Wide view of Venice: Piazza San Marco - Riva degli Schiavoni

CHI GIOCA PER BISOGNO ...

(Who plays for need ...)

Giuseppe Maria Mitelli (1634–1718), was an artist from Bologna who would put his scratchy sarcasm in a lot habits of the society of his time, and made here this teasing semi-serious analysis of gambling.

This remark of his adapts quite well to the story of a certain Luigi q.m Gio. Quirini - who was quite poor - and made in gambling, with time and good luck, an extraordinary gain of 200,000 Ducati.

That must have been a huge amount of money, at the time. If there is another story of a guy who won 4,000 Ducati and made it rich … we can have an idea of what this 200,000 Ducati could have meant!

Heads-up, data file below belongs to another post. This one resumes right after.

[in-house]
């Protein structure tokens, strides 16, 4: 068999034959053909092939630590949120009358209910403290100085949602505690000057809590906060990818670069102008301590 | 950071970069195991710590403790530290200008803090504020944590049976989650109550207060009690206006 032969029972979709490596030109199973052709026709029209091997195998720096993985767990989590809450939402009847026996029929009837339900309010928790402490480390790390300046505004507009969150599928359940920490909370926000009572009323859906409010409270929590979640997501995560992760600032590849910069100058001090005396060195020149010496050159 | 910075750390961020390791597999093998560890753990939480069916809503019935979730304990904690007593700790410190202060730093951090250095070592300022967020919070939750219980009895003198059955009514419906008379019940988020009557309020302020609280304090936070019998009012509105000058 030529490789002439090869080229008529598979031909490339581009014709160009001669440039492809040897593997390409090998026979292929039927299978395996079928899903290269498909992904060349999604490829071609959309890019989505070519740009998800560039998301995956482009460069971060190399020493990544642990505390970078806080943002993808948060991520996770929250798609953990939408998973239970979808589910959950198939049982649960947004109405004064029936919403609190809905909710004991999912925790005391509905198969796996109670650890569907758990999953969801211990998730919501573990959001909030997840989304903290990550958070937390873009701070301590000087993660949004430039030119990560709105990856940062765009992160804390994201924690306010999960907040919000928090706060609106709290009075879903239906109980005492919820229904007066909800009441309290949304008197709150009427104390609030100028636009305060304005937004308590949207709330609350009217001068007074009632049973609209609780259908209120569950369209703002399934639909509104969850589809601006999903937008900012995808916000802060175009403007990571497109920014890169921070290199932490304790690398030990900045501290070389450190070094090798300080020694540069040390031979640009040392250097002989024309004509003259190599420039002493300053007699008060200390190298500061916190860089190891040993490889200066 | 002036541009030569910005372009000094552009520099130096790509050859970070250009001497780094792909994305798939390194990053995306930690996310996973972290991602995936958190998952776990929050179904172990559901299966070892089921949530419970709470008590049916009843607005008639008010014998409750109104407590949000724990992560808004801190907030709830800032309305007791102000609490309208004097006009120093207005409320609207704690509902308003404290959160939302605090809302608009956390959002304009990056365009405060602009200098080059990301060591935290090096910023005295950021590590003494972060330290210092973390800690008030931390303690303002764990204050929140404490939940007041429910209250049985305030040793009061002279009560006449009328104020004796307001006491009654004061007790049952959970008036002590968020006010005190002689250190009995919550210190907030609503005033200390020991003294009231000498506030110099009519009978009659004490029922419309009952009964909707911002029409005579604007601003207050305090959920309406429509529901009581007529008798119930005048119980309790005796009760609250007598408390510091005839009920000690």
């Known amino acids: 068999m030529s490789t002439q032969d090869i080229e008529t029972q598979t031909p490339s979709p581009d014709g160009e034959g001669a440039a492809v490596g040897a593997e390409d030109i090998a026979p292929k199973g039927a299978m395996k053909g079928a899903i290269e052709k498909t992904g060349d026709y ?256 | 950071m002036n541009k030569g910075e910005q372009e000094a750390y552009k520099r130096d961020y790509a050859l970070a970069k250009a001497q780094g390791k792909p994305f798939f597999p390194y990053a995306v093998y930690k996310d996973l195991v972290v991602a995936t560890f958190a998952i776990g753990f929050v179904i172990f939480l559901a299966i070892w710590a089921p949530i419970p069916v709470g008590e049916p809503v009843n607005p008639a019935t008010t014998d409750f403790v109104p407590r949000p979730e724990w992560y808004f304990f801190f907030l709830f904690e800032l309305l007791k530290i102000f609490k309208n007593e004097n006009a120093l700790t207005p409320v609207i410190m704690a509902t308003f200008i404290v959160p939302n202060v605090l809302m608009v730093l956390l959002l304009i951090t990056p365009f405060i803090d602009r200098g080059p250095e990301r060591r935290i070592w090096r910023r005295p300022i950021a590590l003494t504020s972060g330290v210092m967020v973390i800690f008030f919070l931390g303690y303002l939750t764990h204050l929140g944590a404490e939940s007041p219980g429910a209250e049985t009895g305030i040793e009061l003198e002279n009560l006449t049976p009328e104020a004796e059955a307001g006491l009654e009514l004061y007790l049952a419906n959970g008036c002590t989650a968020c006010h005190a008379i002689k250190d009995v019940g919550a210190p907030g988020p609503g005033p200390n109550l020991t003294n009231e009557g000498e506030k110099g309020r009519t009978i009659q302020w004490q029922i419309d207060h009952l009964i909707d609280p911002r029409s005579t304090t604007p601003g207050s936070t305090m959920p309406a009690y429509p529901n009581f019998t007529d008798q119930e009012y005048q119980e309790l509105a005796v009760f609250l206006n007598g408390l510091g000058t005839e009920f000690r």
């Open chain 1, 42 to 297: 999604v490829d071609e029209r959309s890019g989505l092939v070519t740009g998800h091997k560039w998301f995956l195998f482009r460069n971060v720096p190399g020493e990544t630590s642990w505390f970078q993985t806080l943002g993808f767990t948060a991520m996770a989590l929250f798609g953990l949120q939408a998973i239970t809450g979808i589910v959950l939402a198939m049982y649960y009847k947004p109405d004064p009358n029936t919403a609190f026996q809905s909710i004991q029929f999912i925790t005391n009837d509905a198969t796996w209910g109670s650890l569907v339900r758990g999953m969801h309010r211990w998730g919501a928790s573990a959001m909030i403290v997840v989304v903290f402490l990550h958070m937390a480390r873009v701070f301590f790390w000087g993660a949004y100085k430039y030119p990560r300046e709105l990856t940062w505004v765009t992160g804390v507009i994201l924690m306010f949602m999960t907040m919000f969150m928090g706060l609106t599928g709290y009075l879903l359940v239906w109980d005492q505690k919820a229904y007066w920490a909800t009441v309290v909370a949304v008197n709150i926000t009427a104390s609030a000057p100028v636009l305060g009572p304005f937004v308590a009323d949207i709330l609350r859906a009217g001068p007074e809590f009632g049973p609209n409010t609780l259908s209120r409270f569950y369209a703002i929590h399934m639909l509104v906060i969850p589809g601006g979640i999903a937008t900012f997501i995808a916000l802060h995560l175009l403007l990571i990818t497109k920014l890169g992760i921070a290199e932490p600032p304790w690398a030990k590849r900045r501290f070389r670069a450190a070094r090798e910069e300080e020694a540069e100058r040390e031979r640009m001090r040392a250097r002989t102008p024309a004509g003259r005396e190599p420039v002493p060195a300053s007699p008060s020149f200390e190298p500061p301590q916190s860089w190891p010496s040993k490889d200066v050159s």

But Quirini ended up losing all his fortune, and in 1709, when he died, he was poorer than when he was born.

"CHI GIOCA PER BISOGNO
PERDE PER NECESSITÀ
Sempre più si consuma, e sempre perde
Chi mendico arricchir tenta co l gioco,
Poiche fallace è di sua speme il verde."

"WHO PLAYS FOR NEED
LOSES FOR NECESSITY
He wears out, and always loses
The wretched who tries
to become rich with gambling,
Because the green* misleads his expectation."

* green of course means here
the color of the gambling tables ...

Giuseppe Maria Mitelli: "Who plays for need, loses for necessity" - etching (1678)
Giuseppe Maria Mitelli:
"Who plays for need, loses for necessity" - etching (1678)

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